Steiner cracks down on motorcycles, scooters, dirt bikes, golf carts  

By LYNETTE HAALAND, Four Points News

The Steiner Ranch HOA just started enforcing fines on the drivers of motorcycles, scooters, dirt bikes and golf carts who are in violation of the community rules and laws of Travis County.  

At the July 18 Steiner Ranch Master Association Board of Directors meeting, the motorbike policy was added into the records and stricter enforcement now includes a newly added $500 fine per incident for violators.

“It is the board’s intention to protect all of our residents, including these children.  The reckless behavior – jumping off of hills, brake-checking cars, violating traffic laws, full throttle speeding, popping wheelies on roads – especially on the roads, at the parks, and on the trails must stop immediately,” said Rachel McGilvray, SRMA secretary and district 2 director.

“One person has been seriously injured, and we don’t want to see anymore accidents in Steiner Ranch,” McGilvray said. “Please take the bikes to proper tracks, designed for these motorized bikes and rider safety. It is not legal to ride them in the neighborhood. Please do not let your children ride these powerful motorcycles without supervision.”

At the June 22 SRMA monthly board meeting, a mother and son attended and shared what happened to them to highlight their concerns.

The son, a champion mountain biker, was forced off of the sidewalk and injured on June 13 because a kid on a dirt bike played “chicken” and followed him into a head-on situation. The mountain biker ended up going over his handlebars and injuring his elbow badly, according to McGilvray.

Also at the June meeting, the SRMA board and community members heard from Lt. Jason Jewert, Sgt. Don Rios and Sgt. Nate Matteson. These members of the Travis County Sheriff’s Office talked about the laws and rules in place.

“Electric assist bikes, mountain bikes, scooters, road bikes, etc. can be used on the sidewalks at safe speeds,” the Sheriff’s Office shared at the meeting. 

Any vehicle capable of going 28 mph or more must be driven on a street and must follow Texas laws. Only fully licensed drivers on registered vehicles are allowed on public roads, they shared.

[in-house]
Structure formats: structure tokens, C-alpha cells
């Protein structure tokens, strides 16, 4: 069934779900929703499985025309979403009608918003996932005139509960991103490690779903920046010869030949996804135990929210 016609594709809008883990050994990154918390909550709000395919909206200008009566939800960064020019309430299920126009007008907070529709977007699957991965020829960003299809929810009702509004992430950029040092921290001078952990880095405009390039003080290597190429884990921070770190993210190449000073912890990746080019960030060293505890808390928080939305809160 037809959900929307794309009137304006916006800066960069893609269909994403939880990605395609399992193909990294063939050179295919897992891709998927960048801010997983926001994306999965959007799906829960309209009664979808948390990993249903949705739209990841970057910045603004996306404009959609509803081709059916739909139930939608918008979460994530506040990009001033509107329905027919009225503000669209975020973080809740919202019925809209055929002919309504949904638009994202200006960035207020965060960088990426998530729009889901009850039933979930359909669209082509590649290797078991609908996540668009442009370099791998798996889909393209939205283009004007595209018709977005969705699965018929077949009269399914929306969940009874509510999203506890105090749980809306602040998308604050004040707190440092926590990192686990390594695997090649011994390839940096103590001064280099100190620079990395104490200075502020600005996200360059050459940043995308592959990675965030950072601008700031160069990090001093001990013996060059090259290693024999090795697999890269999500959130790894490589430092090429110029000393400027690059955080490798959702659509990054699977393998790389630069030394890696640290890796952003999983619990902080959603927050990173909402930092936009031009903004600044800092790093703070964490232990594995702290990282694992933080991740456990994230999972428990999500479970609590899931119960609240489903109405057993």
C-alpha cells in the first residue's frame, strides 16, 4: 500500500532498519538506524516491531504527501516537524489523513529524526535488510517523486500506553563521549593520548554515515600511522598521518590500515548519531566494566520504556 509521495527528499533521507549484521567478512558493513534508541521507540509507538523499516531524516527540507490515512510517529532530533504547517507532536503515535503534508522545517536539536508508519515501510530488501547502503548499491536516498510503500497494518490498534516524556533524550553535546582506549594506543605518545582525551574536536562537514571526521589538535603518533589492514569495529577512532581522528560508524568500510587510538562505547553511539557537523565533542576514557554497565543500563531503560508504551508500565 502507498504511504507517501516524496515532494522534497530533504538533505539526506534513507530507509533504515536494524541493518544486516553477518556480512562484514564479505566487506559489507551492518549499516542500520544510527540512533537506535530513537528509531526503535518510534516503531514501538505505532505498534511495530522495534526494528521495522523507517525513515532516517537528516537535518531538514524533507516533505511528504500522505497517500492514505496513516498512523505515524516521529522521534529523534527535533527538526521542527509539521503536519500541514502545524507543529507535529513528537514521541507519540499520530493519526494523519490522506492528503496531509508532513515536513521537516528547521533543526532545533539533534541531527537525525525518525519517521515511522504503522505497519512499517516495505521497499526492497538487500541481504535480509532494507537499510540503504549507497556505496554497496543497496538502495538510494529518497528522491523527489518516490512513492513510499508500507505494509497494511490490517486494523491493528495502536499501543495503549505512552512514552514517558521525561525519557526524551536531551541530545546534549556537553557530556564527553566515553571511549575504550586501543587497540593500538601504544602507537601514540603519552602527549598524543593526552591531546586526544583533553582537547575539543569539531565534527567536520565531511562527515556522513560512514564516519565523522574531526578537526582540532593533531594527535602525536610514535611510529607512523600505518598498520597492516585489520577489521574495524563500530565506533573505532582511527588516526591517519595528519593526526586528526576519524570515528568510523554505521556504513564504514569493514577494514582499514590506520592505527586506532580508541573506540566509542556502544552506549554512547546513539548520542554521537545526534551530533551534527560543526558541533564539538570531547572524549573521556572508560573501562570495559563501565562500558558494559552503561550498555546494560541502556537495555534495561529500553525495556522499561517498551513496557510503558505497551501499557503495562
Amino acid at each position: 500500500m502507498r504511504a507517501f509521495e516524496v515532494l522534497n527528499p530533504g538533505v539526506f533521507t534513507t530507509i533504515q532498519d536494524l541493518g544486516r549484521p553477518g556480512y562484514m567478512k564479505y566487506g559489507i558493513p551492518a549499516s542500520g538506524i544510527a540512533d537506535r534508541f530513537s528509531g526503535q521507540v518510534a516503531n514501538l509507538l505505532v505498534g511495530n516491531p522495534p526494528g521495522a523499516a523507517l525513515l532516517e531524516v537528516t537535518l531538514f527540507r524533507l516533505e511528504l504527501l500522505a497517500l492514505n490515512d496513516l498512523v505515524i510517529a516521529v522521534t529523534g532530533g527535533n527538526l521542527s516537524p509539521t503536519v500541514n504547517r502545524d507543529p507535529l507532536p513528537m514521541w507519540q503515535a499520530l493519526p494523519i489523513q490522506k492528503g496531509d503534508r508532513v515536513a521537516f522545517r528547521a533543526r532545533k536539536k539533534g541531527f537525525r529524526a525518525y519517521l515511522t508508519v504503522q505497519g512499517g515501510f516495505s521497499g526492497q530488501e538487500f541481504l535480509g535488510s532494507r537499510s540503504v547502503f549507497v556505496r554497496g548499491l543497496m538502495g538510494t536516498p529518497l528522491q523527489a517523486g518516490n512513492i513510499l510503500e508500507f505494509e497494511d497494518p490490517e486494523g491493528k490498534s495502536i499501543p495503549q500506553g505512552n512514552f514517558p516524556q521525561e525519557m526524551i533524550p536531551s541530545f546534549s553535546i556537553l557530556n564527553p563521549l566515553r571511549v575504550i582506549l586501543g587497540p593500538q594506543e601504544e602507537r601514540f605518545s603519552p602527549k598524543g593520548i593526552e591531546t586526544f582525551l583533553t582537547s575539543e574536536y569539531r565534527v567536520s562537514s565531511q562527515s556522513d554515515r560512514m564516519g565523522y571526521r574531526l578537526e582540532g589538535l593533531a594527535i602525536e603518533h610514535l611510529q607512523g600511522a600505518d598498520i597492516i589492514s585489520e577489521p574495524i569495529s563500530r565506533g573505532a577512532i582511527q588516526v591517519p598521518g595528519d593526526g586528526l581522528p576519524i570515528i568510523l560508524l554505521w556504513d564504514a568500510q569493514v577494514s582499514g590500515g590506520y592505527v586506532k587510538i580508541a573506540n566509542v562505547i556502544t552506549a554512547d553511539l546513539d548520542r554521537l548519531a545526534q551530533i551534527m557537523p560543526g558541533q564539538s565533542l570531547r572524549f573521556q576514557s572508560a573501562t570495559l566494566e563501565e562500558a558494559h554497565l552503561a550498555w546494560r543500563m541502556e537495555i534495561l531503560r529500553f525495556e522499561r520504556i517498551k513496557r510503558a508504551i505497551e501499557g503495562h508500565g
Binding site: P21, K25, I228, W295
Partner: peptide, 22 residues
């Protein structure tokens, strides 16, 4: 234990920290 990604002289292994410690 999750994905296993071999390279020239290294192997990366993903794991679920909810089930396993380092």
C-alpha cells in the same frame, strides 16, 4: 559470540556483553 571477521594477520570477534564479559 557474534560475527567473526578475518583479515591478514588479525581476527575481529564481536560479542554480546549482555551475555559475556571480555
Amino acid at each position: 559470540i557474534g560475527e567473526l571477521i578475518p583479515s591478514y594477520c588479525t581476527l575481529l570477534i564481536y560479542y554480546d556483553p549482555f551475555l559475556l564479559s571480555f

“Since dirt bikes cannot be registered in Texas, they are not legal on the roads, nor are they legal on sidewalks. Do not drive dirt bikes, motorcycles, or throttle powered electric bikes on the sidewalks,” the Sheriff’s Office explained.

There have also been issues with trespassing in Steiner. Motorized vehicles are not allowed on the trails or HOA property including parks, grass, fields, sidewalks, basketball courts, and tennis courts. Using motorized vehicles in these areas is trespassing and is punishable by law including tickets and fines, according to McGilvray.

Although the activity continues, the board has tried educating the community through emails like this for the better part of a year: 

“Please remember that motorized vehicles are prohibited from driving on the HOA’s trails and common areas. These vehicles cause damage to landscaping and pose a risk to those walking or biking. Thank you for your cooperation and support as we strive for a safe environment for our families. Please also be aware of state and county restrictions for usage on public streets.”

At the June 22 SRMA meeting, the board discussed looking into anti-motorbike gates at trailheads but pointed out that that would cost all residents. It also encouraged residents to share photos and videos of riders violating the rules to the HOA office. 

Additionally the Steiner Ranch Mountain Bike Team is highly motivated to help the HOA prevent more injuries or damages to trails and riders, according to a coach with SRMBT. The coach suggested educating homeowners and installing security cameras at well-known locations to help identify illegal riders.  

The Sheriff’s Office urges community residents to take things one step further and call 9-1-1 for “reckless behavior” when these fast bikes are in locations that are not permitted.  

According to officers, this ensures the fastest response time by the nearest officer. Sgt. Matteson stated that he maintains at least one deputy on Quinlan Park Road from 3 p.m. to 1 a.m. most days.

The Sheriff’s Office says to make sure to provide a description of the bike, the rider, and the helmet, but do not follow them. It is perfectly ok to take a photo or a video of the culprit for documentation. If this is on HOA property, the HOA manager may be called in to pursue charges for damages and trespassing. At best, the rider will receive a warning, but most likely will receive a citation, the officers shared. The rider will be instructed to walk the bike home and a police visitation to parents will be eminent.